3) identical in sound and in spelling – perfect homonyms. F.e.: spring (весна) – spring (пружина) – spring (родник).

There are other classifications. One of them was developed by Смирницкий. He added one more criteria to sound form and spelling – grammatical meaning. He subdivided perfect homonyms into two types:

1) perfect homonyms identical in spelling, sound and grammatical form. F.e.: spring (весна) – spring (пружина) – spring (родник).

2) homoforms – they coincide in spelling and sound but different in grammatical meaning. F.e.: empty – to empty; work – to work.

Sources of homonymy:

1) split of polysemy (распад полисемии). F.e.: pupil.

2) levelling of the grammar inflexions

3) word-forming processes

3.1 suffixation. F.e: reader.

3.2 shortening. F.e.: biology and biography – bio.

3.3 conversion. F.e.: empty – to empty; water – to water.

4) homonyms can appear in the language accidentally when two words coincide in their development. F.e.: race (гонка, from French) – race (раса, from Norwegian).

5) borrowings


^ Semantic contrastives.

There are three types of semantic contrastives:

1) antonymy (антонимия)

2) converseness (конверсивность)

3) complimentarity (комплементарность)

Antonyms are words which belong to the same part of speech and are identical in style but express contrary or contradictory notions.

Classification of antonyms by Никитин:

1) absolute and derivational

Absolute antonyms have different roots. Derivational antonyms have the same root but different affixes.

F.e.: absolute: good – bad; derivational: to understand – to misunderstand.

2) qualitative and quantitative

In case of quantitative antonymy two words are characterized by one feature but different quantity of it. F.e.: light – heavy (the feature is weight); tall – short (the feature is height).

In case of qualitative antonymy we have different features, different qualities. F.e.: good – bad; to love – to hate.

3) contrary and contradictory

Contrary antonyms always have a middle terms. F.e.: cold – hot (middle – warm, etc.).

Contradictory antonyms don’t have a middle term between them. F.e.: dead – alive; single – married.

4) intensional and extensional / incompatibles

Extensional / incompatibles antonyms. They don’t have lexical meaning proper and require further specification. They exist in the language only together with their antonyms. F.e. afternoon – not afternoon; red – not red; round – not round.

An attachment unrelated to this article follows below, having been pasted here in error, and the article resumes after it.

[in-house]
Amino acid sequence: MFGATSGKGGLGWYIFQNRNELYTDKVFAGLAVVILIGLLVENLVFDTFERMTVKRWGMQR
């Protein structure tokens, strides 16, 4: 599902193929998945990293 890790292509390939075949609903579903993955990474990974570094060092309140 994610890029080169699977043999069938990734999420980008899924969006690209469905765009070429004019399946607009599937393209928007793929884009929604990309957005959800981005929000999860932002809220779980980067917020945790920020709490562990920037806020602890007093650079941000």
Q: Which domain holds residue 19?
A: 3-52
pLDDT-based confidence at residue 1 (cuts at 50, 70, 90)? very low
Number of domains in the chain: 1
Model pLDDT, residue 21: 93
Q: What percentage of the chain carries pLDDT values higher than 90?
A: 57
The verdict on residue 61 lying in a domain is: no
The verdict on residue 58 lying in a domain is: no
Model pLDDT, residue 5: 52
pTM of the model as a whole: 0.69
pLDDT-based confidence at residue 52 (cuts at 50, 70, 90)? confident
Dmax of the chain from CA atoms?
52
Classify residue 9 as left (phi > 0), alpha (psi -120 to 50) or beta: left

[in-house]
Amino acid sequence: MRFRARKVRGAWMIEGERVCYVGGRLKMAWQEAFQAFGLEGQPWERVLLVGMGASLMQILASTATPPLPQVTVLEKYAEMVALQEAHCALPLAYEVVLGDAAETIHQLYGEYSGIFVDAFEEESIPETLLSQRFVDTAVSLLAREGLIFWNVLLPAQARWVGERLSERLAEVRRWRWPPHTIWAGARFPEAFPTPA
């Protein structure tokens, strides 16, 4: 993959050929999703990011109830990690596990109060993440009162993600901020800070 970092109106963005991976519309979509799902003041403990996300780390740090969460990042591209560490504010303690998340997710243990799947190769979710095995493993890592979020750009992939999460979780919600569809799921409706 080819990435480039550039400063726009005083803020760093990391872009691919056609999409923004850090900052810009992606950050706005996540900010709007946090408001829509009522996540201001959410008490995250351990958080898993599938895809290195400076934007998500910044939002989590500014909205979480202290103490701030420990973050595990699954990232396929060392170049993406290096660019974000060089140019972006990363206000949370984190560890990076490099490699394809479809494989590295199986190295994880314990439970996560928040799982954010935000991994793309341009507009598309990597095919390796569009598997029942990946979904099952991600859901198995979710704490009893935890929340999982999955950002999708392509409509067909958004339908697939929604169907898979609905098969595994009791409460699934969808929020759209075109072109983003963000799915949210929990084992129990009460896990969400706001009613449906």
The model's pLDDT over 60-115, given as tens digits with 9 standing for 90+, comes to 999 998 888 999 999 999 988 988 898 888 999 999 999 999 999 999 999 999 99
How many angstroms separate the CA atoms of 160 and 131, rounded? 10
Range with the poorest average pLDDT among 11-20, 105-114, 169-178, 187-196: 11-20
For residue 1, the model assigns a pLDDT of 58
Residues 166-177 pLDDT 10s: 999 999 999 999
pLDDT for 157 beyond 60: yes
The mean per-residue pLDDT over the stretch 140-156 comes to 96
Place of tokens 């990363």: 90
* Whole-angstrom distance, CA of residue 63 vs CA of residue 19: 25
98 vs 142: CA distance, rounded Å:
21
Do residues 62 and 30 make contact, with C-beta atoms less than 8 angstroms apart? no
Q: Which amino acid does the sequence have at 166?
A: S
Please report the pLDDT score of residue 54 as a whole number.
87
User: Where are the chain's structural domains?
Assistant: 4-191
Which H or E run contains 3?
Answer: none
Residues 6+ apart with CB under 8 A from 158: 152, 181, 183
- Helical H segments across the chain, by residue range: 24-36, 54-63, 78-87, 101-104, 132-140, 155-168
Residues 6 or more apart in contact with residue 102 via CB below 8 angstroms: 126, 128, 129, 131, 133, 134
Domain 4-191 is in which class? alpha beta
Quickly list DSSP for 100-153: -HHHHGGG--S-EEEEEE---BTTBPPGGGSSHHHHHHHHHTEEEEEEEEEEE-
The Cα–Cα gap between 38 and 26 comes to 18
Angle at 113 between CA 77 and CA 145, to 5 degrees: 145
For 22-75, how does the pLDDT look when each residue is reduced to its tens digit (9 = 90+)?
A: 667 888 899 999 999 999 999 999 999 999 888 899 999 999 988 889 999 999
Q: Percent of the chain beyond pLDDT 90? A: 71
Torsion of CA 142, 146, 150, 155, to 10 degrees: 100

Classification by Кубрякова, Коцнельсон:

1) qualitative they call privative and quantitative they call equipollent

2) contrary they call binary and contradictory they call gradual

Conversives.

Converseness is a type of semantic opposition which is based on describing one and the same situation from different angles, from the point of view of different participants of the situation and their roles.

F.e.: to buy – to sell; to give – to take; left - right.

Sometimes conversives are called mirror-image relationship.

Classification of conversives:

1) lexical conversives – they are formed from different roots. F.e.: to buy – to sell.

2) morphological conversives – formed from the same root. F.e.: interesting – interested; worrying – worried.

3) grammatical conversives – based on the opposition between active and passive forms. F.e. to write – to be written.

4) conversives in which the oppositeness of meaning is realized within the semantics of one and the same word. F.e.: to burn – поджигать и гореть; to smell; to taste.

Complimentaries.

Complimentarity is the type of semantic opposition in which the denial of one means the assertion of the other and v.v. It is the type of oppositeness which is based on “yes/no”-decision.

F.e.: male – female; boy – girl; married – single.

Complimentaries are not gradeable.

Antonyms do not contradict each other, but Complimentaries always do.

F.e.: A small elephant is a large animal. – it is possible. / A male elephant is a female animal. – it is not possible.


Polysemy.

Polysemy is the plurality of meanings. Polysemy exists in the language but not in speech. The meaning of a word in speech is always predetermined by the context, all unnecessary meanings are cancelled and the meaning of the word is clear.

Three types of polysemy:

1) radiation (радиальная). In case of radiation the first meaning is in the center and all other meanings are formed from it.

F.e.: face. In the center – “the front part of human head”. Meanings formed from the center: “face of the clock”; “face of the card”; “face of the company”.

2) concatenation / chain polysemy (цепочечная). Secondary meanings develop like a chain. Sometimes it is very difficult to trace the last meaning to the first one.



F.e.: crust. Heart, outer part of bread → Heart, outer part of anything → Hard layer of a soft snow → A gloomy person → Impudence.

3) mixed type (смешанная). This type is the most common.

F.e.: to dress.

The first center – “to cover the body”. Meanings formed from this center: “We don’t dress for dinner nowadays”; “The princess is dressed by the best designers”; “to dress the ballet”; “to dress the wound”.